Comment: Much ado about nothing10th July, 2009 by Ron Emler
The prime duty of a company’s board is to further the legal interests of those who own the business – the shareholders.
Union officials have a similar duty to their members and local councillors to their electorate. Once these obligations are understood, the furore over Diageo’s plans to restructure part of its whisky production and packaging operations in Ayrshire and Glasgow, with the net loss of about 500 jobs, is explicable.
Investment and modernisation are the lifeblood of a business. They provide the competitive efficiencies to produce and market products that people around the world want and will buy at a price that allows the company to pay its staff fairly and generate profits to pay dividends to its shareholders. General Motors and Chrysler were once thought to be the epitome of efficiency, but they both collapsed into bankruptcy earlier this year because they failed to adapt to changing circumstances.
Nobody suggests Diageo is anything but efficient; that is why it is the world’s largest wine and spirits company and by far the biggest player in the Scotch business. The restructuring plan signals its intention to play its part in further expanding the global market for Scotch.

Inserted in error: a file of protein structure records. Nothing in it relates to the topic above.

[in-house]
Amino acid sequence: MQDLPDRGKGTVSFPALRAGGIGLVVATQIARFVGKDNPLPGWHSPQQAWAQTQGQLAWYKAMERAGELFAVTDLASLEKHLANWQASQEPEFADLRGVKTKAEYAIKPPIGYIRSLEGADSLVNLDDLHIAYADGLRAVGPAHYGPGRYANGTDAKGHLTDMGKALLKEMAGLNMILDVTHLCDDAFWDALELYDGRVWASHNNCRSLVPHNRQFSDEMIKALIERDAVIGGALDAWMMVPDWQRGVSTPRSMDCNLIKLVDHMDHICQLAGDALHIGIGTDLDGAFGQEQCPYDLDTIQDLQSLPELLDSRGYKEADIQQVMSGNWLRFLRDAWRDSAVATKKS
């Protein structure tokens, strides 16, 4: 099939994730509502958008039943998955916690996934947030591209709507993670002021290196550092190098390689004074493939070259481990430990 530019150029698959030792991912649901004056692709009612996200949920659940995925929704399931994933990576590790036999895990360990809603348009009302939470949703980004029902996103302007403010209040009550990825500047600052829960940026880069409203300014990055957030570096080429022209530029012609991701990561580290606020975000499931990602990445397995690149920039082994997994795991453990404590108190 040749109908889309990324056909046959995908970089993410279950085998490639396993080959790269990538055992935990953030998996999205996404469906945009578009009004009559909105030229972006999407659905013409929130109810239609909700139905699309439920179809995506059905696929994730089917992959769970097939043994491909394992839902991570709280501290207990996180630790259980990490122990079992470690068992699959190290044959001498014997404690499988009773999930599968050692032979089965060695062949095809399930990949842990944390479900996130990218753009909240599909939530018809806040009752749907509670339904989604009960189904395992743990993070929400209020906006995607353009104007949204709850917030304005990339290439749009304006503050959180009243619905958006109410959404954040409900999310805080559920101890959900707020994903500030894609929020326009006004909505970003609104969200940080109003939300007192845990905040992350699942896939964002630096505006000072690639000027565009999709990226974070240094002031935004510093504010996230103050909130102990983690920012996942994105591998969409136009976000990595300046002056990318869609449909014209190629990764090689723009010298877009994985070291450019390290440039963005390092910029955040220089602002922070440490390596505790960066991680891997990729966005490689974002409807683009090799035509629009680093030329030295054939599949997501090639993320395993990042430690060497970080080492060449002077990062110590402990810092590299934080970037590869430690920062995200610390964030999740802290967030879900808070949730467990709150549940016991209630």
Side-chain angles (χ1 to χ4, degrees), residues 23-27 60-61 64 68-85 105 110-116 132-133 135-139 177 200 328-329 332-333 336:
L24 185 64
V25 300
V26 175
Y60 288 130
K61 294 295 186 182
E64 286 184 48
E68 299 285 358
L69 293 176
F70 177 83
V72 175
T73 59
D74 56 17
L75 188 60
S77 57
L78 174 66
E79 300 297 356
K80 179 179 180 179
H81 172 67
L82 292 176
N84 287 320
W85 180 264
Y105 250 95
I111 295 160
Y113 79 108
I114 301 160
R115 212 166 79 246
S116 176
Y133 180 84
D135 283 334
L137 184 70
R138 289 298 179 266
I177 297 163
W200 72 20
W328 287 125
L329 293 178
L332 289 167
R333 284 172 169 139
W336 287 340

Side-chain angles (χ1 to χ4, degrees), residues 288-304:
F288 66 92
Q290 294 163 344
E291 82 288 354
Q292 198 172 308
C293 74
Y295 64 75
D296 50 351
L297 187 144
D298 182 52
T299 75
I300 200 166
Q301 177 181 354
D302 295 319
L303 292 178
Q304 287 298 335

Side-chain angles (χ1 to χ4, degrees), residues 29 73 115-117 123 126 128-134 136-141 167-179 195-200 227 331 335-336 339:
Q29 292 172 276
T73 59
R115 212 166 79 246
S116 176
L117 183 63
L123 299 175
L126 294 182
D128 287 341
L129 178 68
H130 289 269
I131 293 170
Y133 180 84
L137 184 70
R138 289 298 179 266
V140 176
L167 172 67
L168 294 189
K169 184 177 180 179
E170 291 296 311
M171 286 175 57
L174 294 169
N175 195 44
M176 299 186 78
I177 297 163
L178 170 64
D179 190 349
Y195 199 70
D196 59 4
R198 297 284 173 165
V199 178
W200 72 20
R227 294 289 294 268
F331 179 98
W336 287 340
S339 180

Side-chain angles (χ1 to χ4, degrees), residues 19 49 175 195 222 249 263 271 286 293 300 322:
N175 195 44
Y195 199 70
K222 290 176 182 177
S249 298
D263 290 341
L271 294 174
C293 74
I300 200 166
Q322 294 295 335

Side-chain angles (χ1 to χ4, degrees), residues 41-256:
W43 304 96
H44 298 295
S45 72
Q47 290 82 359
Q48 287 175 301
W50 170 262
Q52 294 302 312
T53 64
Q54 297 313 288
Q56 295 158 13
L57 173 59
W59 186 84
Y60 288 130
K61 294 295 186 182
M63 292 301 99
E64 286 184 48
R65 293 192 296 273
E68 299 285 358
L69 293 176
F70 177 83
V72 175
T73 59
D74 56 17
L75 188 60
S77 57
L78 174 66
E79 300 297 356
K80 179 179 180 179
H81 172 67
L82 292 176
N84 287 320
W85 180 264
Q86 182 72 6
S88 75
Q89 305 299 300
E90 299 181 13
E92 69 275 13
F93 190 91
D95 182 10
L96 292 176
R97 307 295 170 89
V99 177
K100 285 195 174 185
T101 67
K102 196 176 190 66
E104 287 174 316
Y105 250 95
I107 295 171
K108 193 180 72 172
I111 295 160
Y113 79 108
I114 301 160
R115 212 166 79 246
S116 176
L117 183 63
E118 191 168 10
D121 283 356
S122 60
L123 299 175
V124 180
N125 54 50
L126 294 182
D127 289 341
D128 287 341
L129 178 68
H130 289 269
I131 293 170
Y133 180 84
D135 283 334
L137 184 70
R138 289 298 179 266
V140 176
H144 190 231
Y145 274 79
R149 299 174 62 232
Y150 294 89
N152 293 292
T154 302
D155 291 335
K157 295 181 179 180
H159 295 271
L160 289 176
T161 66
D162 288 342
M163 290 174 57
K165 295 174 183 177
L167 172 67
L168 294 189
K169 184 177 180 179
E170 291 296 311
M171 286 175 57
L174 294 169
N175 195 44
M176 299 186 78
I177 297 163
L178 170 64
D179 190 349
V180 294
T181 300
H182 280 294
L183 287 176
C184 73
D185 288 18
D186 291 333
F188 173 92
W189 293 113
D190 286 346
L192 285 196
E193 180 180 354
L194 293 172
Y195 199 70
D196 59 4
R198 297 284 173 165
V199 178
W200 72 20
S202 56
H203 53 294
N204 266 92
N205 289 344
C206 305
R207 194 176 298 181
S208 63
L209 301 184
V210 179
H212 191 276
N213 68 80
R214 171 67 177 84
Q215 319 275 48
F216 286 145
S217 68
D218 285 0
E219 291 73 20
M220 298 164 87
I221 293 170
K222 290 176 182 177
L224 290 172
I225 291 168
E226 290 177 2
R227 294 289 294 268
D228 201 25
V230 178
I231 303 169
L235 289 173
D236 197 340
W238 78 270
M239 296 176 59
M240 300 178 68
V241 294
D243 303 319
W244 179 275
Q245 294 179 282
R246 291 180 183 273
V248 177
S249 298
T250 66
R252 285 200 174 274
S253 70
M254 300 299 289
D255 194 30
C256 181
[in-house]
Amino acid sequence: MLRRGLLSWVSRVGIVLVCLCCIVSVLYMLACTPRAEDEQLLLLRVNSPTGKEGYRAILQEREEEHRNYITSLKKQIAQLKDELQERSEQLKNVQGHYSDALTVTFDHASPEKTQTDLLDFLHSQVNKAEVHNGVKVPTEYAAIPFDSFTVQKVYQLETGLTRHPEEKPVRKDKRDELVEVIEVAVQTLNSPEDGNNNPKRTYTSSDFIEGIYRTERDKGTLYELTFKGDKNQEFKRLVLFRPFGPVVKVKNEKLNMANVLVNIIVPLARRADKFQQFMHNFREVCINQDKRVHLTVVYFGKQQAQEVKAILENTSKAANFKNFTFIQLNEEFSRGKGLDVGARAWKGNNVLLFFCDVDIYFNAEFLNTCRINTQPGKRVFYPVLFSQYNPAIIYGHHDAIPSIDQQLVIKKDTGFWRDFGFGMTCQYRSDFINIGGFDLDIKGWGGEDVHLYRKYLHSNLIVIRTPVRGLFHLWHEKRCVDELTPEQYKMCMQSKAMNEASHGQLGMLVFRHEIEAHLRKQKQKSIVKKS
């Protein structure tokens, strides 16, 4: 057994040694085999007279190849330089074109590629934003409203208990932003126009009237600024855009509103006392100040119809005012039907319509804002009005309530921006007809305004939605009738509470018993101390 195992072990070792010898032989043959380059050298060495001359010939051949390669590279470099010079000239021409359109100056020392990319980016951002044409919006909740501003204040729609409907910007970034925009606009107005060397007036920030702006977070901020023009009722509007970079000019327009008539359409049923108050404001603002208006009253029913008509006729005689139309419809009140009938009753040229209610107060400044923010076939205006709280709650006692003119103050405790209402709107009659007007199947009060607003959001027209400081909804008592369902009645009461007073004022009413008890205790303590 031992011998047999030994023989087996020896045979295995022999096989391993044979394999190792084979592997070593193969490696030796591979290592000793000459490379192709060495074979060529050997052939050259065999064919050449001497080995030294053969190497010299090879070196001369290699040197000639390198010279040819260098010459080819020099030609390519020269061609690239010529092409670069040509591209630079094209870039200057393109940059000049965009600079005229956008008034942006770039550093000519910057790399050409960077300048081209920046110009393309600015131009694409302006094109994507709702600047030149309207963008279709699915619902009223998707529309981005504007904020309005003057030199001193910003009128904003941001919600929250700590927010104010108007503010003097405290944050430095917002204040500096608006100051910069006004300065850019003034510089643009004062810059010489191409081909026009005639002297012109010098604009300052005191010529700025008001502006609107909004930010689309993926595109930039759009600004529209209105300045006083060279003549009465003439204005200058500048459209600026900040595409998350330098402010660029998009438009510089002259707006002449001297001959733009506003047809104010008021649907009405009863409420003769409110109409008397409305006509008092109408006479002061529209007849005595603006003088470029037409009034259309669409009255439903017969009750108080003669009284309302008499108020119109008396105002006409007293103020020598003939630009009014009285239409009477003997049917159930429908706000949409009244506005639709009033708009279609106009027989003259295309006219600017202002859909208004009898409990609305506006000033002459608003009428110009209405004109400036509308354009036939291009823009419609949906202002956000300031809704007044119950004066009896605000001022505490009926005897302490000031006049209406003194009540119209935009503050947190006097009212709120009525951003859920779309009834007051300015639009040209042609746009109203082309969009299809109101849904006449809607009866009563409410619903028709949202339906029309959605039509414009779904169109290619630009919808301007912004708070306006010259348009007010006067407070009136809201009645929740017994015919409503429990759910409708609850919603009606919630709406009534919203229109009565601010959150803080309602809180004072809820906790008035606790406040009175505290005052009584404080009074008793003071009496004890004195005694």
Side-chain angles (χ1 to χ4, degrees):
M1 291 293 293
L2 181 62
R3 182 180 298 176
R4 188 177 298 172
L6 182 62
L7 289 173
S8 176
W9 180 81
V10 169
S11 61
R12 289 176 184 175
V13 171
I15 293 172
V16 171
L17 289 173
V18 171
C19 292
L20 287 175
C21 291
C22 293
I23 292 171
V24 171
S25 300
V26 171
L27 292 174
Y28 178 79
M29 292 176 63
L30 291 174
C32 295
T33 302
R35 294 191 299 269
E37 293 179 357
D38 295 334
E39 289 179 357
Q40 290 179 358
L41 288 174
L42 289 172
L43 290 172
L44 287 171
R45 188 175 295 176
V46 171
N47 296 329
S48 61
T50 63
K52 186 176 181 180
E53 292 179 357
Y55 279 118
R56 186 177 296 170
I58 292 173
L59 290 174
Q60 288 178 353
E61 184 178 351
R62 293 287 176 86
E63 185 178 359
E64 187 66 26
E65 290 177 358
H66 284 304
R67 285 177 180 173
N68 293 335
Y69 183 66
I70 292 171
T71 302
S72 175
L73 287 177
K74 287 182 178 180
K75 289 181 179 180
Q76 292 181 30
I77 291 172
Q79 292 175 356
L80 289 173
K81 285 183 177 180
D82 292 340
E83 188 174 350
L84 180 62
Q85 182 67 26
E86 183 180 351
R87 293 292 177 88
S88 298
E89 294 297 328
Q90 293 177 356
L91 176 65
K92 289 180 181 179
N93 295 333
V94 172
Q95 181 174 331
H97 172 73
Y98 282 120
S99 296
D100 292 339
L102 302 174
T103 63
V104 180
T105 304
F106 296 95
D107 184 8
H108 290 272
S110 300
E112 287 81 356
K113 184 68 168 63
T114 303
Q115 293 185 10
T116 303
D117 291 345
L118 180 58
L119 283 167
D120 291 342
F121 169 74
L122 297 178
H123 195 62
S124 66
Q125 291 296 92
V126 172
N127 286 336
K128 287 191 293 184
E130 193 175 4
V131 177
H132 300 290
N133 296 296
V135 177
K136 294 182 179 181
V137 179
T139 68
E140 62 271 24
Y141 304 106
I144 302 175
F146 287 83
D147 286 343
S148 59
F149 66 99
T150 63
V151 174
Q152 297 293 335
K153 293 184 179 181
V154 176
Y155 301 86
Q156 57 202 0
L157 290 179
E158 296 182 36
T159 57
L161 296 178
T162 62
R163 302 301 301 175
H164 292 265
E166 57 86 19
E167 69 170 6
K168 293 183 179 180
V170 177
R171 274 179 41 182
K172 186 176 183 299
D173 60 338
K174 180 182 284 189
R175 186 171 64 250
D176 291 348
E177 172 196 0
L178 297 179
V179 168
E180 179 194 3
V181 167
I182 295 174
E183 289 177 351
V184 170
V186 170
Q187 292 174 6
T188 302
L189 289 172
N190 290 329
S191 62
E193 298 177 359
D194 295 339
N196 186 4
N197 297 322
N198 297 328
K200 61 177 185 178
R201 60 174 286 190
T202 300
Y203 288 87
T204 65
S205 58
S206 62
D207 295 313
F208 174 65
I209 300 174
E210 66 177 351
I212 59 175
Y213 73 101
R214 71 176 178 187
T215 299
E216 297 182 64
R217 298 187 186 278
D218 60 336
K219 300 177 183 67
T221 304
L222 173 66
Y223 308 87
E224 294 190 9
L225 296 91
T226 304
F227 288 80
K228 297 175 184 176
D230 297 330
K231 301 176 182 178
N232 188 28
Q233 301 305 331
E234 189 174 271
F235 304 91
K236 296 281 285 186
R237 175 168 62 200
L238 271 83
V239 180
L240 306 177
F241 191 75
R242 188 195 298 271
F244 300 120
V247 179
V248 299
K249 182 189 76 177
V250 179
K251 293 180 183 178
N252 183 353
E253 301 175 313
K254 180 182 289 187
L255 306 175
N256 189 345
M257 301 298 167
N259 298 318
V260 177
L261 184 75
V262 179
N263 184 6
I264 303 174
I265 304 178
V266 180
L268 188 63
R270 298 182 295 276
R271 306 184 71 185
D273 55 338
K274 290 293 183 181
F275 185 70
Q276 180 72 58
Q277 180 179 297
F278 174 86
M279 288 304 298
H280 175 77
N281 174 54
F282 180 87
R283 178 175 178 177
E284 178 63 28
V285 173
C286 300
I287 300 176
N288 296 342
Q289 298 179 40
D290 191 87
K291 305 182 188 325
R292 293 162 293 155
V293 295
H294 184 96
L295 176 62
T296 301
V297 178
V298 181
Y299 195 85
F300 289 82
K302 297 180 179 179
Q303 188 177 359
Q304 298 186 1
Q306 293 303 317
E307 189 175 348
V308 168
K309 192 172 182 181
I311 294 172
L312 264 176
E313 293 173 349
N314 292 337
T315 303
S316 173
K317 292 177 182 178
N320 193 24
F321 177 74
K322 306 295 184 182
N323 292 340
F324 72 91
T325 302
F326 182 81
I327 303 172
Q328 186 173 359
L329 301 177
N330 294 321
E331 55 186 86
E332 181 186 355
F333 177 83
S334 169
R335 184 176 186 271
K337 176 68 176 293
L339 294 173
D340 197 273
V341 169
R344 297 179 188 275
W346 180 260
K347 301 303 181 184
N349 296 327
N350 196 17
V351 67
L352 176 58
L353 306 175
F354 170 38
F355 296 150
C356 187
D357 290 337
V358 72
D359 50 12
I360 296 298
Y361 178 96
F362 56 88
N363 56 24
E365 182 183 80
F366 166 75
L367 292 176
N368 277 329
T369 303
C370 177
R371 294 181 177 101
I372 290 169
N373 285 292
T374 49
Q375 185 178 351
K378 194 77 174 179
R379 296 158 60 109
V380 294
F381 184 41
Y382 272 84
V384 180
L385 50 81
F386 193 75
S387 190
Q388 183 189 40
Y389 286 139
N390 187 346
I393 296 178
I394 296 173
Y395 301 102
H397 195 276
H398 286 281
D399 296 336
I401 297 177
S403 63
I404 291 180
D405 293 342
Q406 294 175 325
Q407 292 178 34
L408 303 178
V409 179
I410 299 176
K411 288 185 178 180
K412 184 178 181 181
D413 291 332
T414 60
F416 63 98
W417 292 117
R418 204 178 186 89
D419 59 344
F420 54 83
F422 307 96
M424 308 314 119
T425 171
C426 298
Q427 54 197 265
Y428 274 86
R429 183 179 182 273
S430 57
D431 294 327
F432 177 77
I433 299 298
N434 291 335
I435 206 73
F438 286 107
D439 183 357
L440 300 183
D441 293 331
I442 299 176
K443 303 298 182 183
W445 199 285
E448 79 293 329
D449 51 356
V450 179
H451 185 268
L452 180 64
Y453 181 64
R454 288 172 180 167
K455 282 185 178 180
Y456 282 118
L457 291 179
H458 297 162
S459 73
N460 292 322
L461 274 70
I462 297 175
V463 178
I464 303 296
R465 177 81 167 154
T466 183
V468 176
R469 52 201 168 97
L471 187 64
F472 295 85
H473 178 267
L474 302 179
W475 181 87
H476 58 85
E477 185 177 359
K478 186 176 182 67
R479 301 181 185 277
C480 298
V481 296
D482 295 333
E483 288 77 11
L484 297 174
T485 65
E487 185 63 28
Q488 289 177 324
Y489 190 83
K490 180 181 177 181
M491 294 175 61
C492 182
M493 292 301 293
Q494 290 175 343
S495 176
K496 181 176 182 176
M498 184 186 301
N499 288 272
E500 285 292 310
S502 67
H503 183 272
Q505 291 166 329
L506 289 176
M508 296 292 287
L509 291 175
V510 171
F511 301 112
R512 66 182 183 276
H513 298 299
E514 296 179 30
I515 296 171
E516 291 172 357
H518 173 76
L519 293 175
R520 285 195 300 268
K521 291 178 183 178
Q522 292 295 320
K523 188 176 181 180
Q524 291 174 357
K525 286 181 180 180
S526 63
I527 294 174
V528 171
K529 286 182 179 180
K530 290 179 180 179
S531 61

Diageo will invest £86 million in upgrading alternative facilities at Cameronbridge and transfer 400 jobs to Leven in Fife. In addition, it is building an £80 million production plant at Roseisle – facts conveniently downplayed by those opposed to the planned changes. Nor could the company have briefed them in advance. To have done so would have broken Stock Exchange rules about the release of price-sensitive information. Those affected were then told immediately.
The plans’ opponents are playing the heritage card – Johnnie Walker was founded in Kilmarnock – and Scotch relies heavily on heritage in its marketing. But heritage has nothing to do with efficiency; if it did, Scotch would still be a cottage industry and there would be no world market for it.
Diageo now has a duty of care to those employees set to be made redundant, to convince them of the business case for the changes. After explaining that, Diageo must ensure that they are fairly compensated and work with local agencies to ensure they are given every assistance in looking for alternative employment – a difficult task given that Kilmarnock already has one of the highest unemployment rates in the UK. That is not simply altruistic, it reflects the prime duty towards shareholders.
Ensuring that the impact of necessary change is minimised reduces the potential for negative publicity and lessens any potential backlash among customers worldwide. That is why Diageo’s big guns are in Scotland.
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Finance on Friday, 10.07.2009